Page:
Meanwhile, in the Southern Hemisphere winter (December to February) there is a minimum of Antarctic sea ice – also known as the ‘melt season’.
Data from the National Snow and Ice Data Center recently showed that sea ice extent is lower than average since records began, regardless of time of year.
It showed that there were only 1.91 million square kilometers of ice around the continent in February – the lowest since records began.
It is widely believed that the decline in sea ice extent is mainly caused by the greenhouse gas effect, which is fueled by the burning of fossil fuels such as coal and gas.
However, sea ice extent is also affected by wind and ocean currents and by temperature, so there is a chance that there are other factors besides global warming.
But according to one expert, the cause of the decline in sea ice extent is not as important as the decline itself.
Data from the National Snow and Ice Data Center recently showed that sea ice extent is lower than average since records began, regardless of time of year
In February, data from the National Snow and Ice Data Center revealed that there are only 737,000 square miles (1.91 million square kilometers) of sea ice around Antarctica. The photo shows the concentration of sea ice in Antarctica on February 13, 2022
“The bottom line is we don’t know for sure [the cause] – the Antarctic system is complex and poorly sampled,” Professor Martin Siegert, a glaciologist at the University of Exeter, told MailOnline.
‘It would be good to have a definitive answer to that, but it doesn’t really matter.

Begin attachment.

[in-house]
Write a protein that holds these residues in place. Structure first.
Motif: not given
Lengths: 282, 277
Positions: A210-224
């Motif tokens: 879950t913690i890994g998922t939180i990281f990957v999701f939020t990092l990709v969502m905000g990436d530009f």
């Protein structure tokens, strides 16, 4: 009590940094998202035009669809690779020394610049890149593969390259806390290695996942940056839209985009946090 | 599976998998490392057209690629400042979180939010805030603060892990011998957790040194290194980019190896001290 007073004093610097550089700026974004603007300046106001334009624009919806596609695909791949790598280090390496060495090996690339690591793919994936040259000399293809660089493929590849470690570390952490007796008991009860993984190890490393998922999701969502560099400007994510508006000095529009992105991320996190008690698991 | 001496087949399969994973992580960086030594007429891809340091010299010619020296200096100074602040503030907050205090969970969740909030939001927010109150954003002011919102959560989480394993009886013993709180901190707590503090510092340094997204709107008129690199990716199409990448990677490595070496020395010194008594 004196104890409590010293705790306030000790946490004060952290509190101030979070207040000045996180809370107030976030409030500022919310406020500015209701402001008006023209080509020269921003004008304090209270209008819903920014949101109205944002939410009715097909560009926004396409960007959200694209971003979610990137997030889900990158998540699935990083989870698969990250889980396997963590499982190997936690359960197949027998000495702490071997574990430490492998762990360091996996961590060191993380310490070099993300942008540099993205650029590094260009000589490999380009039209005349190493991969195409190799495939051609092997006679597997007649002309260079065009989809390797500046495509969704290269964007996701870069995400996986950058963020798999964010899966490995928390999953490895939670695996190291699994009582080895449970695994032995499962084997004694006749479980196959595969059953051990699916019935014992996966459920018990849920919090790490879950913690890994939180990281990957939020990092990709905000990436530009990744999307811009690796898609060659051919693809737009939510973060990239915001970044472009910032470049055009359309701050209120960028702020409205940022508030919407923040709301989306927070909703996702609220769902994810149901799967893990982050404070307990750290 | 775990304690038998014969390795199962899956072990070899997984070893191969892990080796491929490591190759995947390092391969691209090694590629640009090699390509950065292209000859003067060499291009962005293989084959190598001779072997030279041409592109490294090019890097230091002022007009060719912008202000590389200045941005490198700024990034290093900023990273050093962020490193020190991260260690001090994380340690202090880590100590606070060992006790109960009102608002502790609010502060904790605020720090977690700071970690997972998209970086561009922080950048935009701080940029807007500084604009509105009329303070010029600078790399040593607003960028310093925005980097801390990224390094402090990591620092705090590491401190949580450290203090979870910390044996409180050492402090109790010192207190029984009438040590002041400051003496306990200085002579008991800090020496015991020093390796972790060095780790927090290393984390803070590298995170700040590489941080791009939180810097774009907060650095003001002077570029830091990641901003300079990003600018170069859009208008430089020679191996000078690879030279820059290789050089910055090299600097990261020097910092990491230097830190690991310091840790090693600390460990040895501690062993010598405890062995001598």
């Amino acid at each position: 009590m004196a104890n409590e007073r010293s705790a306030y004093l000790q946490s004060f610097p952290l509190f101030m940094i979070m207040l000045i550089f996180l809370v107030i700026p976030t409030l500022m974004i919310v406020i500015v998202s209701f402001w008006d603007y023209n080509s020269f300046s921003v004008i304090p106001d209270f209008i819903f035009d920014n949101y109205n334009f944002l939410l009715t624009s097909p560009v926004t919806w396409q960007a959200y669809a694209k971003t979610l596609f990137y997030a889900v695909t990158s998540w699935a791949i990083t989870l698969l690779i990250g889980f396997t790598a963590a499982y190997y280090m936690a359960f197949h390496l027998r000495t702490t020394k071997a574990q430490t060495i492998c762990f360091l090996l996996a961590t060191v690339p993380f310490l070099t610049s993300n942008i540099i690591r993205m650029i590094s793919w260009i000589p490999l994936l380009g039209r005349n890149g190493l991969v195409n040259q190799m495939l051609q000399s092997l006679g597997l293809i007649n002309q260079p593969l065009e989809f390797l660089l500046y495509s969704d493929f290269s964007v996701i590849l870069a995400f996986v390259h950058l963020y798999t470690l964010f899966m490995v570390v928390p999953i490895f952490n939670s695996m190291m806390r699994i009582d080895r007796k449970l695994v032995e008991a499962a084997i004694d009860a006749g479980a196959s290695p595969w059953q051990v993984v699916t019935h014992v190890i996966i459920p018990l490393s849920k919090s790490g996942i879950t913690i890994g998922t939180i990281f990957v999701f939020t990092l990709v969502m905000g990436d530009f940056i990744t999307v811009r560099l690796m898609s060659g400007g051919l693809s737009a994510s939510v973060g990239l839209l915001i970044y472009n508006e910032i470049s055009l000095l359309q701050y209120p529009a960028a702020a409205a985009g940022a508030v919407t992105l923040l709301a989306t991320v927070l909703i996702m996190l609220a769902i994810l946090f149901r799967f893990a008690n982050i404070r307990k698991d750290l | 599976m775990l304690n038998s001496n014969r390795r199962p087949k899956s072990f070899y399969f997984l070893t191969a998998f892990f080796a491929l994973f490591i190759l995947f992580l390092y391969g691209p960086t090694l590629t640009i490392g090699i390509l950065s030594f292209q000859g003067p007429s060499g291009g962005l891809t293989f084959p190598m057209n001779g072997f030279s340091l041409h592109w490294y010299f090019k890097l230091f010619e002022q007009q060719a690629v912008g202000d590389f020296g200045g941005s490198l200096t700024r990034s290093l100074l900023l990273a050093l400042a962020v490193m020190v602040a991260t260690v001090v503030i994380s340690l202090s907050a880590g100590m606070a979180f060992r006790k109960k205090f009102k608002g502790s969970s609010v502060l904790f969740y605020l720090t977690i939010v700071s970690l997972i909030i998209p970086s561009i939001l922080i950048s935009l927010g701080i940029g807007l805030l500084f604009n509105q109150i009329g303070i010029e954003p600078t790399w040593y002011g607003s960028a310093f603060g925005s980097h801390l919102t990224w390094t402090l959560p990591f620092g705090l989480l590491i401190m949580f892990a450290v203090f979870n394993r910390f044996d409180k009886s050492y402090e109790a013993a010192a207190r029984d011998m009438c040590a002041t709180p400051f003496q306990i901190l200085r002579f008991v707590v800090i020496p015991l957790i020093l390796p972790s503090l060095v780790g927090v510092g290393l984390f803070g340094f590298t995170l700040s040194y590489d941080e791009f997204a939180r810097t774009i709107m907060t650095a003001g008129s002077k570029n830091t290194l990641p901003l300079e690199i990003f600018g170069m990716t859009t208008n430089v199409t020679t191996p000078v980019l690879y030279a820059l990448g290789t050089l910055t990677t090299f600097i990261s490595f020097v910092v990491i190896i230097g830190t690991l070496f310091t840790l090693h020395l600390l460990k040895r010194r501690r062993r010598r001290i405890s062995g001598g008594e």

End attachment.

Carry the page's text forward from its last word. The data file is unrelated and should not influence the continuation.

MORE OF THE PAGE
“We certainly can’t afford to attribute this to variability as an excuse not to stop burning fossil fuels – that would be insane.”
The rapid warming has already led to a significant southward shift and contraction in the distribution of Antarctic krill – a keystone species, campaigners say.
A recent Greenpeace expedition to Antarctica also confirmed that gentoo penguins are breeding further south due to the climate crisis.
Fossil fuels versus renewable energy sources
Solar – light and heat from the sun.
Wind – using wind turbines to turn on electrical generators
Hydro – collected from falling or fast-flowing water
Tides – energy from the rise and fall of sea level
Geothermal – energy generated and stored in the earth
Biomass – organic material that is burned to release stored energy from the sun
Although nuclear energy is considered clean energy, its inclusion on the list of renewable energy is a topic of great debate.
Nuclear energy itself is a renewable energy source. But the material used in nuclear power plants – uranium – is non-renewable.
Renewable energy sources contrast with the more harmful fossil fuels oil, coal And gas.
They are considered fossil fuels because they are formed from the fossilized, buried remains of plants and animals that lived millions of years ago.
Due to their origins, fossil fuels have a high carbon content, but when they are burned they release large amounts of carbon dioxide, a greenhouse gas, into the air.
Source: EDF Energy /Stanford University